The report concludes that individuals, policymakers, and private sector companies are all calling for change. As the report notes, “The fatal risk of species extinction can be avoided if individuals, organizations, businesses and policymakers unite to identify, assess, disclose, mitigate and overcome the issues to preserve nature for all the generations still to come.”

Africa Has Desperate Need for Climate-resilient Water and Sanitation Infrastructure

The international community must prioritize water and sanitation access in Africa, a according to recent joint statement from UNICEF and The Global Water Partnership.

Henrietta Fore, executive director of UNICEF and Jakaya Kikwete, former president of Tanzania and currently chairman of the Global Water Partnership Southern Africa and Africa Coordination, raised concerns about the lack of progress in expanding access to key services in communities throughout Africa. The two leaders noted that water and sanitation investment shortfalls will impede other development markers, and called for greater action by the international community.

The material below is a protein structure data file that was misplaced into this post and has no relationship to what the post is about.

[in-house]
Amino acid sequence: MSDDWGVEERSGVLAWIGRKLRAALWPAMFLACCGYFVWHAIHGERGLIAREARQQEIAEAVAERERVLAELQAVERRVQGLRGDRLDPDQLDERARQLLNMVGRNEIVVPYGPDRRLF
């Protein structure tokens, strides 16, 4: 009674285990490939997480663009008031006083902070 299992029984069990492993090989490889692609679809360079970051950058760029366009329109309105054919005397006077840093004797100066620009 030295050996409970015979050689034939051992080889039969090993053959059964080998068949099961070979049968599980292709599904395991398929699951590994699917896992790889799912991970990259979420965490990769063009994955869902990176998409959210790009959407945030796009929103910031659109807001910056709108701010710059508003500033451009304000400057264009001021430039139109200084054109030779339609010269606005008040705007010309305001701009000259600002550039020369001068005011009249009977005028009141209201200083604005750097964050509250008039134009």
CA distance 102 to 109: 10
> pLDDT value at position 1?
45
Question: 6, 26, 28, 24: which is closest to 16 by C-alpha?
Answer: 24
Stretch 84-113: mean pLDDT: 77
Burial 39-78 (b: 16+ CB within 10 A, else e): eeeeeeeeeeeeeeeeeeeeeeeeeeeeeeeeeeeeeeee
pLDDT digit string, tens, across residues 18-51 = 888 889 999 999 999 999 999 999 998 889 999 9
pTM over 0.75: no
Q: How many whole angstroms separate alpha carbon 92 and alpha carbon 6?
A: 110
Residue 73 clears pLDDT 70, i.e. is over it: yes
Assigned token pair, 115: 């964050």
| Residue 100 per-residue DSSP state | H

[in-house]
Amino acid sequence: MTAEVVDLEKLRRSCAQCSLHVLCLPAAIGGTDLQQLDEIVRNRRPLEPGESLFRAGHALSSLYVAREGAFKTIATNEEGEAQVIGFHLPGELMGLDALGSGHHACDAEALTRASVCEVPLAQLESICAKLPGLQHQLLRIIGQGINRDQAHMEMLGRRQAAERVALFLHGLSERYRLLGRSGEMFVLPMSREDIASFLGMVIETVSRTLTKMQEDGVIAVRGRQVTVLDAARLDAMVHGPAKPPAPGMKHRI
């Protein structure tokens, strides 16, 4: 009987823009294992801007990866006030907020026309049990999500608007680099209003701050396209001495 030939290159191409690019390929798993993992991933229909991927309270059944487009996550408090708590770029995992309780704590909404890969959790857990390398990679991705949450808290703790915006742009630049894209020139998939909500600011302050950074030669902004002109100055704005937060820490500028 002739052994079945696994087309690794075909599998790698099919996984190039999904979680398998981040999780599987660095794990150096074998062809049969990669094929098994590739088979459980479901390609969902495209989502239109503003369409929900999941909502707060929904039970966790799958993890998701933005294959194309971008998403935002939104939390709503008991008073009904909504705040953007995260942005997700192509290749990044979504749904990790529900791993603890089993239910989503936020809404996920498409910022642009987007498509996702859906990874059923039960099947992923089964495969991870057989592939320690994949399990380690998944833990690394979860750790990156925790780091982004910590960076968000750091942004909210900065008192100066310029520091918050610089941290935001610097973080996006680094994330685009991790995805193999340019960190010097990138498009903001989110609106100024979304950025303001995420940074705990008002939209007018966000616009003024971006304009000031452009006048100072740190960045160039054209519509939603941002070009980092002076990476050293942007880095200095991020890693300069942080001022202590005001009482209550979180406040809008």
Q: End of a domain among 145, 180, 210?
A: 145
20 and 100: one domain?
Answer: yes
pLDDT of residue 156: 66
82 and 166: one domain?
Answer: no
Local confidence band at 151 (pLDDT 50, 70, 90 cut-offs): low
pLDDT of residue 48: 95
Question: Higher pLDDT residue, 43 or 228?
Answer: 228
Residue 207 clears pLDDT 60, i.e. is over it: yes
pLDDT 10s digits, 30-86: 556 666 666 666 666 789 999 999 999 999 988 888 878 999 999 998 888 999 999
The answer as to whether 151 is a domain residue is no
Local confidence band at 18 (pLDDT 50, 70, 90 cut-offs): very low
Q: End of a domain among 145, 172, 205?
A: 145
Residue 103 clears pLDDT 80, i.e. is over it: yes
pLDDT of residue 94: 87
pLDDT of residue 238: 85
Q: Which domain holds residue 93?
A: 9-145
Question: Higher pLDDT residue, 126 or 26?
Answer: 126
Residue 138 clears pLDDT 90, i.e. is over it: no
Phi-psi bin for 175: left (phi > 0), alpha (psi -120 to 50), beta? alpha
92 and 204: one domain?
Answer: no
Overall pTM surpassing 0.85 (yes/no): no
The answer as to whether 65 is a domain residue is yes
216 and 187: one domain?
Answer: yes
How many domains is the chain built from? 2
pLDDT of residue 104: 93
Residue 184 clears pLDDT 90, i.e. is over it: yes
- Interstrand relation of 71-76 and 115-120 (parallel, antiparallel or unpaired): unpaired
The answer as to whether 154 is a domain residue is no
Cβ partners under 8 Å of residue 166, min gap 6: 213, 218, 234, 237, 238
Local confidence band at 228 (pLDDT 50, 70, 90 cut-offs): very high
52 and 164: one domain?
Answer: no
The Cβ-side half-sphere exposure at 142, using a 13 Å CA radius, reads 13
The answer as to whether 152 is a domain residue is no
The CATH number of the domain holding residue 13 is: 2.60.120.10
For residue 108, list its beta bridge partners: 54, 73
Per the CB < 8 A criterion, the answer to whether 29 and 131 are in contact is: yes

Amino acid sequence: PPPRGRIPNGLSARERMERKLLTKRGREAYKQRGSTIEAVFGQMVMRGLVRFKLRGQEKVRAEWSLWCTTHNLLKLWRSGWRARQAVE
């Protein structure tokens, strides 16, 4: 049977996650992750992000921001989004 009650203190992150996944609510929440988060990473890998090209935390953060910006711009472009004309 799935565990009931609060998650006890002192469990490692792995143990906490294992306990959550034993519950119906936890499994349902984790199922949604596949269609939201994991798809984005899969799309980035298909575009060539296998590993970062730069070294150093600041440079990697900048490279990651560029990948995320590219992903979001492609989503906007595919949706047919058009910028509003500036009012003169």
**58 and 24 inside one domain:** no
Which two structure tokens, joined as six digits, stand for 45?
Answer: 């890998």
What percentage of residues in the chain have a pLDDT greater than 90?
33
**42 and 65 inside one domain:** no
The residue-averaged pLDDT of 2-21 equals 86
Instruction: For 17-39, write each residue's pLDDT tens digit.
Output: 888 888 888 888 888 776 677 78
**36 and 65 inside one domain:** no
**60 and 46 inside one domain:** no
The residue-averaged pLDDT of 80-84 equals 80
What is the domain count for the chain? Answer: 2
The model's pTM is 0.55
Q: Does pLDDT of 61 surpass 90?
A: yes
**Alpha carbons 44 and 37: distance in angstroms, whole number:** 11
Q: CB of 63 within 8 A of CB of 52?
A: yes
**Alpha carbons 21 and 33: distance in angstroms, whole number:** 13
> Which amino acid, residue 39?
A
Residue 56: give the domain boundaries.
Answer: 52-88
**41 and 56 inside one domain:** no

Fore and Kikwete argue that “investment in climate-resilient water infrastructure in Africa currently stands far below the levels necessary to ensure water security for the continent’s people.”

In fact, the African Development Bank estimates that $64 billion is needed annually to meet existing needs. Current global investment is less than $19 billion a year, well below the target threshold.

The situation in parts of Africa is dire, with about 220 million children and families facing shortages. Moreover, 58% of children in Eastern and Southern Africa live in high or extremely high-water vulnerable conditions, and 31% of children in West and Central Africa live in a similar situation. Climate change and the COVID-19 pandemic are exacerbating the problem.

Ongoing water-related problems have a direct impact on the United Nations sustainable development goals (SDGs). For example, children who live in water insecure settings often miss school because they have to collect water for their families (SDG 4). These children are also vulnerable to poor nutrition, food insecurity, and commutable diseases from contaminated water (SDGs 2 and 3). More broadly, time and money spent on water issues can reduce funding for other economic development opportunities (SDG 8).

In their call to action, Fore and Kikwete urge world leaders in all sectors — including governments, private businesses, and NGOs — to increase support for solutions to the global water crisis. Improving water and sanitation infrastructure, they noted, will “contribute to a peaceful, prosperous, stronger and equitable Africa, now and in the future.”       

Learn more about The Global Water Partnership